Quantitative analysis of contact line behaviors of evaporating binary mixture droplets using surface plasmon resonance imaging

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Department of Mechanical Engineering-Engineering Mechanics


A sessile binary mixture droplet (BMD) has a relatively simple geometry; it is in the shape of a spherical cap. However, the contact line motion of a BMD during evaporation shows complex transient behavior that cannot be modeled using the current droplet evaporation model. The present study aims to quantitatively investigate the influence of initial ethanol concentrations on the contact line dynamics of an ethanol-water BMD. We use surface plasmon resonance imaging (SPRi) to simultaneously measure contact line motion and ethanol concentration during BMD evaporation. The visualization results show that non-monotonic contact line motions during evaporation can be subdivided into three stages: I) an initial spreading stage, II) a rapid sliding stage, and III) a moderate sliding stage. Results show behavior that is quite different from the typical motion of an evaporating DI water droplet, i.e., a simple pinning-depinning contact line motion. A weighted ethanol flux is newly introduced to consider the effect of spatial and temporal evaporative flux on the complex sliding motion of a BMD. Moreover, the weighted ethanol flux is quantitatively correlated with the receding velocity of the contact line in stage II.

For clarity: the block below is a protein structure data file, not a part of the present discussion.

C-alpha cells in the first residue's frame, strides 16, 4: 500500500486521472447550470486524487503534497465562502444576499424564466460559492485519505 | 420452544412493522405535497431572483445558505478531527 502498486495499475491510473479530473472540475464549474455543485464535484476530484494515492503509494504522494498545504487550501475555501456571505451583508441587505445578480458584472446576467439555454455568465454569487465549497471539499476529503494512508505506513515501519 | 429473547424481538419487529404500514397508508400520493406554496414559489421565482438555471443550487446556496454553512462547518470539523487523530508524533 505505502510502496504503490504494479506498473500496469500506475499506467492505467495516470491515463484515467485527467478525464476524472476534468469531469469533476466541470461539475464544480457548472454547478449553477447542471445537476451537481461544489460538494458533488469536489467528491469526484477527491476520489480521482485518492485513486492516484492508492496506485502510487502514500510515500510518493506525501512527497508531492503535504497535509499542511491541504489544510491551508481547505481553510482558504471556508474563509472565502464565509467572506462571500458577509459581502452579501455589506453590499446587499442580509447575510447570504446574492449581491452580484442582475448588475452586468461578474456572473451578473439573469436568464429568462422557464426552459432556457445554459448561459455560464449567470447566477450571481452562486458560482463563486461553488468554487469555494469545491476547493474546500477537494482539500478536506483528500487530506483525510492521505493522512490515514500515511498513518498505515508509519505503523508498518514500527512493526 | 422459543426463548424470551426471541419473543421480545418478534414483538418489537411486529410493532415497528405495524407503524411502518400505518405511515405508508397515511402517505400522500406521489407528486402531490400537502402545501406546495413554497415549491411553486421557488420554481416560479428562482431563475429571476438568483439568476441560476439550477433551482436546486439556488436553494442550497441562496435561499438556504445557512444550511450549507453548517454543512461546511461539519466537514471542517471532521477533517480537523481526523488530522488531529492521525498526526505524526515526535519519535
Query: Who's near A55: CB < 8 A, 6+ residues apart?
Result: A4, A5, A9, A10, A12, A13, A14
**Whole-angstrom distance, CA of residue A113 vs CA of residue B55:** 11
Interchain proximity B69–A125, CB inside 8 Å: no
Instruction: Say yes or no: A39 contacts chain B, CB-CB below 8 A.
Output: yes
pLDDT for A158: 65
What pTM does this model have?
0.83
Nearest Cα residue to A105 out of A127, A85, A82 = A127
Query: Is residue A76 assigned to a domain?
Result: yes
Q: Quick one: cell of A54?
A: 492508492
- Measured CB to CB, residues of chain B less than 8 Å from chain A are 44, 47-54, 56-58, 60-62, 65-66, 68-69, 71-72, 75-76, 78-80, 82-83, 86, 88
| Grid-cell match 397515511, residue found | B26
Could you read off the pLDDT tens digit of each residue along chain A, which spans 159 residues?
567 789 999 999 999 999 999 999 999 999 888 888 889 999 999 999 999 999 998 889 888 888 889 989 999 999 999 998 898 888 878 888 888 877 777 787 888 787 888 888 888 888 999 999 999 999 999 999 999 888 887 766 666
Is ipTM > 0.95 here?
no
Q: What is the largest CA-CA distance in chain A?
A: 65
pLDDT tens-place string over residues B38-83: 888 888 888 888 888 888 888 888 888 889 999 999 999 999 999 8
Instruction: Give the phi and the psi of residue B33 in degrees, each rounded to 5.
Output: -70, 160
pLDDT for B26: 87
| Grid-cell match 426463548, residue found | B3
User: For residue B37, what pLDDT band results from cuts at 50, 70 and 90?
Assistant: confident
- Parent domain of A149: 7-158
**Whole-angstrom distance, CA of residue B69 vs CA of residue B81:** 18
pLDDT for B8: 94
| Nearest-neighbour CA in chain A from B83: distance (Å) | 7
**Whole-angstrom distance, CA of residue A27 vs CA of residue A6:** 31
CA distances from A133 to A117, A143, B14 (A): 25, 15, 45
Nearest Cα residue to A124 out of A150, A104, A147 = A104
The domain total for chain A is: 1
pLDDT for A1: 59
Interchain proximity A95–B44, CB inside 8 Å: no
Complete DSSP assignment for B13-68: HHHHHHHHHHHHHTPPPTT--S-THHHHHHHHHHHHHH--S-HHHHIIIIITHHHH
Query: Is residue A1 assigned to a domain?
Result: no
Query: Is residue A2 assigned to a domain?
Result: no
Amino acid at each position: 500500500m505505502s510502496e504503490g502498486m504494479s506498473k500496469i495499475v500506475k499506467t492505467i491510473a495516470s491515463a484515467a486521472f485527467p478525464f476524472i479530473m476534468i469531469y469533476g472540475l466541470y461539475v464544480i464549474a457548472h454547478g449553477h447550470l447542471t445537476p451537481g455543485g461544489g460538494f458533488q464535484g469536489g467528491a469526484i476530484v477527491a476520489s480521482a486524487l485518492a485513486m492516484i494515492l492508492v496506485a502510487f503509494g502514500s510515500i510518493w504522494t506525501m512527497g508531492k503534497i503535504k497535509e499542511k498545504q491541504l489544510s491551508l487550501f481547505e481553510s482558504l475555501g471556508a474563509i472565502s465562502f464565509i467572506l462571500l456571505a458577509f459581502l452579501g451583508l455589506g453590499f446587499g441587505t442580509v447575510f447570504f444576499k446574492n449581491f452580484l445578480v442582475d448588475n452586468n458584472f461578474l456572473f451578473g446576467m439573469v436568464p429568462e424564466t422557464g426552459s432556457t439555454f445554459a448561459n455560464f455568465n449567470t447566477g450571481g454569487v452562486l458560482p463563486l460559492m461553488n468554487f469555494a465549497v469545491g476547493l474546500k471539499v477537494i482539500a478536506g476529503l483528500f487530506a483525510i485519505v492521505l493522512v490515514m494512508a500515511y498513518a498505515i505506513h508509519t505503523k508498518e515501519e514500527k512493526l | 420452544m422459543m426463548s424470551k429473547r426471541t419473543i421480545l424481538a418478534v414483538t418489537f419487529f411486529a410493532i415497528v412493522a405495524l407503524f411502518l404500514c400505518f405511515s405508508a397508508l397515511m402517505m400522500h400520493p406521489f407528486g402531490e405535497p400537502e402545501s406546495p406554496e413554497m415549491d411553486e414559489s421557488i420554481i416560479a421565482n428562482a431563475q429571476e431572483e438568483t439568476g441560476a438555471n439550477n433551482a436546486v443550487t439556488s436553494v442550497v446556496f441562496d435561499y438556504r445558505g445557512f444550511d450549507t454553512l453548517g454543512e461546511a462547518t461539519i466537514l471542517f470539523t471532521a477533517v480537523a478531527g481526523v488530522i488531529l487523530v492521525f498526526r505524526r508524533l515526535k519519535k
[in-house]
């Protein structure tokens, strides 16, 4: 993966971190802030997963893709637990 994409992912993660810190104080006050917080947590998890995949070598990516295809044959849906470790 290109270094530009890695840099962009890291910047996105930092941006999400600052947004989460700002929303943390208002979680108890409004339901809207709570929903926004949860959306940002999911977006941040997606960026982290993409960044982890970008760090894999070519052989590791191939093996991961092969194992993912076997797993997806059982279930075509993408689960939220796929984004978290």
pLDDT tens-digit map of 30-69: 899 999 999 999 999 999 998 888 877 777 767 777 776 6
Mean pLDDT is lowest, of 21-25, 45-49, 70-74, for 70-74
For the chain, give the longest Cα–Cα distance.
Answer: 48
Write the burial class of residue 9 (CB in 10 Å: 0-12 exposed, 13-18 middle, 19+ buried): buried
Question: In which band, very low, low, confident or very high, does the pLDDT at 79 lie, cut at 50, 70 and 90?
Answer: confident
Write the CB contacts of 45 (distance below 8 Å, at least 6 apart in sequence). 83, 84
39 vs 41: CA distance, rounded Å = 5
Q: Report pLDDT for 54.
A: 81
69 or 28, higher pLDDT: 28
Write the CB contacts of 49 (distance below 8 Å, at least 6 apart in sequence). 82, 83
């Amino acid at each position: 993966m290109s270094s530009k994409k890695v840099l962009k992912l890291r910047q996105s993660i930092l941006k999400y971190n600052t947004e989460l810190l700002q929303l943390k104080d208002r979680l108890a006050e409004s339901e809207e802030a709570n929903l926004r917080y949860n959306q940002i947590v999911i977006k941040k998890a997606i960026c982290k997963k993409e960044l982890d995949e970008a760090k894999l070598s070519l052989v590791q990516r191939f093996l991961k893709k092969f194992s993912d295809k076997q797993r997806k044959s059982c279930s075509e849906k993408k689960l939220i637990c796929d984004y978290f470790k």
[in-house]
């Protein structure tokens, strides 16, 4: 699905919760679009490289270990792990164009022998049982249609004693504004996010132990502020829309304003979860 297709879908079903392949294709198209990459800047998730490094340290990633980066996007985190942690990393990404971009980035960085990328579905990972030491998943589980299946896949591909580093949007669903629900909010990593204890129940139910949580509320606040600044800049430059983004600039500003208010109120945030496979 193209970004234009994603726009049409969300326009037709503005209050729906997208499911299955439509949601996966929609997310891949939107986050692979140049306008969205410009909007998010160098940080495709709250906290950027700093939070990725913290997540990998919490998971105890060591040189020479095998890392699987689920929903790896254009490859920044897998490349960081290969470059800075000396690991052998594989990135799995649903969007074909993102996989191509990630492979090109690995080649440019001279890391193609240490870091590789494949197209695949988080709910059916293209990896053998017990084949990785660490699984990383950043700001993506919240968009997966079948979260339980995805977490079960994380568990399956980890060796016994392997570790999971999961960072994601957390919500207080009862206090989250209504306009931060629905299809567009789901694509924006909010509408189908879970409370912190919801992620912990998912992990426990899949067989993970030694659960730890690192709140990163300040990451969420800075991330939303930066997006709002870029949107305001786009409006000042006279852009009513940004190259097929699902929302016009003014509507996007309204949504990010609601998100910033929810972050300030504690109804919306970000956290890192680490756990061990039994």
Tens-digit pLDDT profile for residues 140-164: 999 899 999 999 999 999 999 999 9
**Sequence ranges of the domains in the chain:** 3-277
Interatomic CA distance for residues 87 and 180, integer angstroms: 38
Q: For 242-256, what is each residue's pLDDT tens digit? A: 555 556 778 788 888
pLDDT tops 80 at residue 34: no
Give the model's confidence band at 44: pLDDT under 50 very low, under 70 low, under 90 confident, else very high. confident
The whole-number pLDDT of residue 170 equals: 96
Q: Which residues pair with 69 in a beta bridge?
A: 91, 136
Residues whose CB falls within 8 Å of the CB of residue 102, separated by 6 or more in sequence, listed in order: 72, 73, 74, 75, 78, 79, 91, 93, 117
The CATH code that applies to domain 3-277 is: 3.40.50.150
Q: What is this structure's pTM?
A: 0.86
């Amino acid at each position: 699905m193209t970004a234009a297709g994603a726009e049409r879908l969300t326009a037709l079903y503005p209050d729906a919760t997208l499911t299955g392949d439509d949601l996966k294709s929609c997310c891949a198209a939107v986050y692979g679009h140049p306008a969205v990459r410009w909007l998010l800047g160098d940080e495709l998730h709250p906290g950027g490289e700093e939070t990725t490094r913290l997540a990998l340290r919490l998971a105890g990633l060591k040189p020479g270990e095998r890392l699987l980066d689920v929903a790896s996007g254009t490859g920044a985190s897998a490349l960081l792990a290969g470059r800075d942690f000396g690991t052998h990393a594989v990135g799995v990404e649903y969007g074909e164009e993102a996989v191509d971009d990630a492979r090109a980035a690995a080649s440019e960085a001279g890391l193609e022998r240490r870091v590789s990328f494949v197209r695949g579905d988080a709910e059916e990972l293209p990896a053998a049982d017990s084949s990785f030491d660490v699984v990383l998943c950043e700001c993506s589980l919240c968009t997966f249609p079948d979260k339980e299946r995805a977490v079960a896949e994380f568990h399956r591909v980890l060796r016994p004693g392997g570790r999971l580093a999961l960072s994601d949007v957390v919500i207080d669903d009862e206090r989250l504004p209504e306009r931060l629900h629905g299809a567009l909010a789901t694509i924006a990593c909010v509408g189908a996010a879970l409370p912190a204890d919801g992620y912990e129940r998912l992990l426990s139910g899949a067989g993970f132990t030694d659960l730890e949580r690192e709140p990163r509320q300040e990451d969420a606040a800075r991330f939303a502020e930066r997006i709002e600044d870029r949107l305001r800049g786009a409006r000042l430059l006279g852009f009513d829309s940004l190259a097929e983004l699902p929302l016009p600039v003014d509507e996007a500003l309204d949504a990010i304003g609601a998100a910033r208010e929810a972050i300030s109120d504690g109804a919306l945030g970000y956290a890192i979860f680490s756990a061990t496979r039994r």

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International Journal of Heat and Mass Transfer